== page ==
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  • Writer's pictureThomas Doggett

To do your thing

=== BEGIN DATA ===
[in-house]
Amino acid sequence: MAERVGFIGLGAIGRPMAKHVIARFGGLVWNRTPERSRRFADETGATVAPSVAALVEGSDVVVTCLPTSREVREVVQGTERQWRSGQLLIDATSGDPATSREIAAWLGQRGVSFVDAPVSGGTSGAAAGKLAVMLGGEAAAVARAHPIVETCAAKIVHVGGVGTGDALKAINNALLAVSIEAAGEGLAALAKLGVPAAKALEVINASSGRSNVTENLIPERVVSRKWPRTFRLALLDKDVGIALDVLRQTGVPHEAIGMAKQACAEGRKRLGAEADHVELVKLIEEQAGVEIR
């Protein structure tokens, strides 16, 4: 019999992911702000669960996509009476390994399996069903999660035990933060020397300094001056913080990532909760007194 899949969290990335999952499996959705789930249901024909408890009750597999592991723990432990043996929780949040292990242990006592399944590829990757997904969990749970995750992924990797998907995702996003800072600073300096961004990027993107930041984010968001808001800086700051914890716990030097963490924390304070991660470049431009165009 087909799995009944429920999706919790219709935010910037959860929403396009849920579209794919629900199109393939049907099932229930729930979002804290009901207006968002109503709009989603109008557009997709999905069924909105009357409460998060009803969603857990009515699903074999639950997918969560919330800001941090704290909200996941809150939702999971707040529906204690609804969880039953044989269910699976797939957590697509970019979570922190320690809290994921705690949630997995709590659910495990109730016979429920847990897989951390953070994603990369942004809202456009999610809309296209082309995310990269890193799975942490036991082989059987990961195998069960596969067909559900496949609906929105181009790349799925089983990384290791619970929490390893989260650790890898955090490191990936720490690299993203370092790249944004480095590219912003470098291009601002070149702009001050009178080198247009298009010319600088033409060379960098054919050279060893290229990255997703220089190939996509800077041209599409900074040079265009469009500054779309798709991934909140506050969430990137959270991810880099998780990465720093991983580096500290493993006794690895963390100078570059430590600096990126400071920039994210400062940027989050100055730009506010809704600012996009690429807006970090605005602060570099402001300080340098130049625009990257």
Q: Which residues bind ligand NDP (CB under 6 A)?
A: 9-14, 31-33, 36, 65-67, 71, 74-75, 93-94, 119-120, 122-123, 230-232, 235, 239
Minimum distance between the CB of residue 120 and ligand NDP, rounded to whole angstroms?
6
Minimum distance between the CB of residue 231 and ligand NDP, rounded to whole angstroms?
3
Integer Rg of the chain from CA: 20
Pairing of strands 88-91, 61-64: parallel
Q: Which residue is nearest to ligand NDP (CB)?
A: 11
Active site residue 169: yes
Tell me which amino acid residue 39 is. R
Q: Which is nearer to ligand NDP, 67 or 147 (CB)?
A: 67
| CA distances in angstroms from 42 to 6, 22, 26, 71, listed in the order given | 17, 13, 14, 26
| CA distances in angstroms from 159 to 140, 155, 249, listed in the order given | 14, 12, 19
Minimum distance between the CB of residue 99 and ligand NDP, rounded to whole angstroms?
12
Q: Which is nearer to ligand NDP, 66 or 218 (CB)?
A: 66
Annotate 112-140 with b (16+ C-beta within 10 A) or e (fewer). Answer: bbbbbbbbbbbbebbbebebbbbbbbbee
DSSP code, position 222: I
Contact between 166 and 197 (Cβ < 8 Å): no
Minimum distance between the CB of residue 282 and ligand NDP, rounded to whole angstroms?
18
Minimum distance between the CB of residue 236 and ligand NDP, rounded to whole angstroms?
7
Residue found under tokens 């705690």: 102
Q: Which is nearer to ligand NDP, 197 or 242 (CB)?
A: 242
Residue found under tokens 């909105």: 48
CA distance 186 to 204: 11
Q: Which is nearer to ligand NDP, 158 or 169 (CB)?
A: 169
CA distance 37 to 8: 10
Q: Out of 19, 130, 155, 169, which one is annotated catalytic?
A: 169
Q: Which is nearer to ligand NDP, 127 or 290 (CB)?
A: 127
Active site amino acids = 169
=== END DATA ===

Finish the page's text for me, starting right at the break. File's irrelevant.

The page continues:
I recently turned down a gig because I didn't have the instruments needed to play the gig. That's because a few years ago, I sold off several instruments so I could just focus on tenor saxophone. When Greg Banaszak interviewed me in 2001 for the Saxophone Journal, I proudly discussed my goal of being "the everything guy." I wanted to do every style, on every instrument. It's a crazy goal. Don't get me wrong; some people do it VERY well. I admire those people. Here's the thing: I didn't want to be an Everything Guy. I just wanted to play music. Read that again: "I just wanted to play music." That's a big goal...or rather, an undefined goal. Playing music is easy. It's answering the question: What kind of music? Or the better question: What makes you happy? I didn't take the time to truly answer that question when I was younger. I just wanted to play music. So, I practiced a number of instruments in a number of styles every day, drove myself and the folks around me crazy, and I took every gig I could. But I wasn't happy. I was in a way...I mean, I would be with an orchestra one day and a salsa band the next and then a funk band and all of this playing made me happy but something was missing because I was spread so thin that I wasn't really focused on something. That something was tenor saxophone. That's the instrument that spoke to me. That's the instrument that people complimented me on the most. It wouldn't be until 2011 that I realized that I loved distractions. Distractions include flute, alto saxophone, clarinet, keyboards, recording software, programming, drums, pedal boards, and any number of styles of music that I'm not really into. The person that helped clarify this was Bob Reynolds. When I studied with Bob, he said once that he decided at an early point in his career to not play with a wedding band and that working at a cell phone store was better for his career. That's what I needed to hear. An honest statement about someone deciding what is most important to them. Here's the thing: it's never too late to be the person you always wanted to be. When I started selling off gear, a lot of folks looked at me questioning my actions but my action was simple: I wanted to focus on tenor. So, I sold everything and bought a TM Custom from Randy Jones. It's a wonderful horn that I'll need to discuss in detail in another blog but the decision was "get a really nice horn." That decision got me to now and because of it, I'm playing better than ever because I'm doing my thing. My thing is playing tenor saxophone in rock, jazz, and avant-garde settings. I don't have to be anyone that I'm not and I hope this story inspires you to do your thing.

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